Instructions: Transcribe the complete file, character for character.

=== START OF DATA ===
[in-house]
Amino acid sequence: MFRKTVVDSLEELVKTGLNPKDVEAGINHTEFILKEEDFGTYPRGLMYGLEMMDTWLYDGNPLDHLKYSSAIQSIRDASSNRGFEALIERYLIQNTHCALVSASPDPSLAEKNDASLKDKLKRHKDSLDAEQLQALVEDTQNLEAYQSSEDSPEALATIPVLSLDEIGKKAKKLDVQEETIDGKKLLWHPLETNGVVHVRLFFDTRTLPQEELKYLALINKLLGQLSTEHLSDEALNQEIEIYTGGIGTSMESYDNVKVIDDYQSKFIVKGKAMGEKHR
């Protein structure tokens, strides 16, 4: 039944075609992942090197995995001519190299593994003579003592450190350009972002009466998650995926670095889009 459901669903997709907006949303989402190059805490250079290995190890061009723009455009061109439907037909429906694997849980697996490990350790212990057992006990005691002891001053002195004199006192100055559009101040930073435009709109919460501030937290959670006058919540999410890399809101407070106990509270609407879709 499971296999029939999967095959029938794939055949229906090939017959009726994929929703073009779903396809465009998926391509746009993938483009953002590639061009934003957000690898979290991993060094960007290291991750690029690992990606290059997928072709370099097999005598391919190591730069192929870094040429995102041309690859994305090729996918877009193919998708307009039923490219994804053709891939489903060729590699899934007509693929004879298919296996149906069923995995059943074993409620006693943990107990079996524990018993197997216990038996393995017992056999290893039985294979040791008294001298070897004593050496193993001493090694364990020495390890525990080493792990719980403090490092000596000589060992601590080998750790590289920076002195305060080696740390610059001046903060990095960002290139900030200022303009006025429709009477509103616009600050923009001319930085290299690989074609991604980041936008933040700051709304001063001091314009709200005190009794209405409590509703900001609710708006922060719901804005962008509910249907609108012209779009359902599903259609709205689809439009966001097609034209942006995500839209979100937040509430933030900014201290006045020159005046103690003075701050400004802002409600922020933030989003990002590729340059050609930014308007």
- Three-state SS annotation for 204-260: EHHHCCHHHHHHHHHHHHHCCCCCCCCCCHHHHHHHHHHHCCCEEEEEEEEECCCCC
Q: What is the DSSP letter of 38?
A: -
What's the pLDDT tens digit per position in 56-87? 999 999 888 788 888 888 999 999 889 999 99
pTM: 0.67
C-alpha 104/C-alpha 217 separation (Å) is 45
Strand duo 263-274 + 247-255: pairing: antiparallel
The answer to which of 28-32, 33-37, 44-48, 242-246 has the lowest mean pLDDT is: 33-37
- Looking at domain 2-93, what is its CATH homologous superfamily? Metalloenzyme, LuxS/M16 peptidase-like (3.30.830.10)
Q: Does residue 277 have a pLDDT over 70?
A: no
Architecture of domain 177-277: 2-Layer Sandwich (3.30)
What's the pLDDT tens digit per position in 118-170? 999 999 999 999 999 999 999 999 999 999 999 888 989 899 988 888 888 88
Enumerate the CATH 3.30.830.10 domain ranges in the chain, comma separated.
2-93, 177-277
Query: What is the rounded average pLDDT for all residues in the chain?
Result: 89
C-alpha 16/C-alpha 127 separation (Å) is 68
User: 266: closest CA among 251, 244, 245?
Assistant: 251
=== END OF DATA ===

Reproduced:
[in-house]
Amino acid sequence: MFRKTVVDSLEELVKTGLNPKDVEAGINHTEFILKEEDFGTYPRGLMYGLEMMDTWLYDGNPLDHLKYSSAIQSIRDASSNRGFEALIERYLIQNTHCALVSASPDPSLAEKNDASLKDKLKRHKDSLDAEQLQALVEDTQNLEAYQSSEDSPEALATIPVLSLDEIGKKAKKLDVQEETIDGKKLLWHPLETNGVVHVRLFFDTRTLPQEELKYLALINKLLGQLSTEHLSDEALNQEIEIYTGGIGTSMESYDNVKVIDDYQSKFIVKGKAMGEKHR
């Protein structure tokens, strides 16, 4: 039944075609992942090197995995001519190299593994003579003592450190350009972002009466998650995926670095889009 459901669903997709907006949303989402190059805490250079290995190890061009723009455009061109439907037909429906694997849980697996490990350790212990057992006990005691002891001053002195004199006192100055559009101040930073435009709109919460501030937290959670006058919540999410890399809101407070106990509270609407879709 499971296999029939999967095959029938794939055949229906090939017959009726994929929703073009779903396809465009998926391509746009993938483009953002590639061009934003957000690898979290991993060094960007290291991750690029690992990606290059997928072709370099097999005598391919190591730069192929870094040429995102041309690859994305090729996918877009193919998708307009039923490219994804053709891939489903060729590699899934007509693929004879298919296996149906069923995995059943074993409620006693943990107990079996524990018993197997216990038996393995017992056999290893039985294979040791008294001298070897004593050496193993001493090694364990020495390890525990080493792990719980403090490092000596000589060992601590080998750790590289920076002195305060080696740390610059001046903060990095960002290139900030200022303009006025429709009477509103616009600050923009001319930085290299690989074609991604980041936008933040700051709304001063001091314009709200005190009794209405409590509703900001609710708006922060719901804005962008509910249907609108012209779009359902599903259609709205689809439009966001097609034209942006995500839209979100937040509430933030900014201290006045020159005046103690003075701050400004802002409600922020933030989003990002590729340059050609930014308007």
- Three-state SS annotation for 204-260: EHHHCCHHHHHHHHHHHHHCCCCCCCCCCHHHHHHHHHHHCCCEEEEEEEEECCCCC
Q: What is the DSSP letter of 38?
A: -
What's the pLDDT tens digit per position in 56-87? 999 999 888 788 888 888 999 999 889 999 99
pTM: 0.67
C-alpha 104/C-alpha 217 separation (Å) is 45
Strand duo 263-274 + 247-255: pairing: antiparallel
The answer to which of 28-32, 33-37, 44-48, 242-246 has the lowest mean pLDDT is: 33-37
- Looking at domain 2-93, what is its CATH homologous superfamily? Metalloenzyme, LuxS/M16 peptidase-like (3.30.830.10)
Q: Does residue 277 have a pLDDT over 70?
A: no
Architecture of domain 177-277: 2-Layer Sandwich (3.30)
What's the pLDDT tens digit per position in 118-170? 999 999 999 999 999 999 999 999 999 999 999 888 989 899 988 888 888 88
Enumerate the CATH 3.30.830.10 domain ranges in the chain, comma separated.
2-93, 177-277
Query: What is the rounded average pLDDT for all residues in the chain?
Result: 89
C-alpha 16/C-alpha 127 separation (Å) is 68
User: 266: closest CA among 251, 244, 245?
Assistant: 251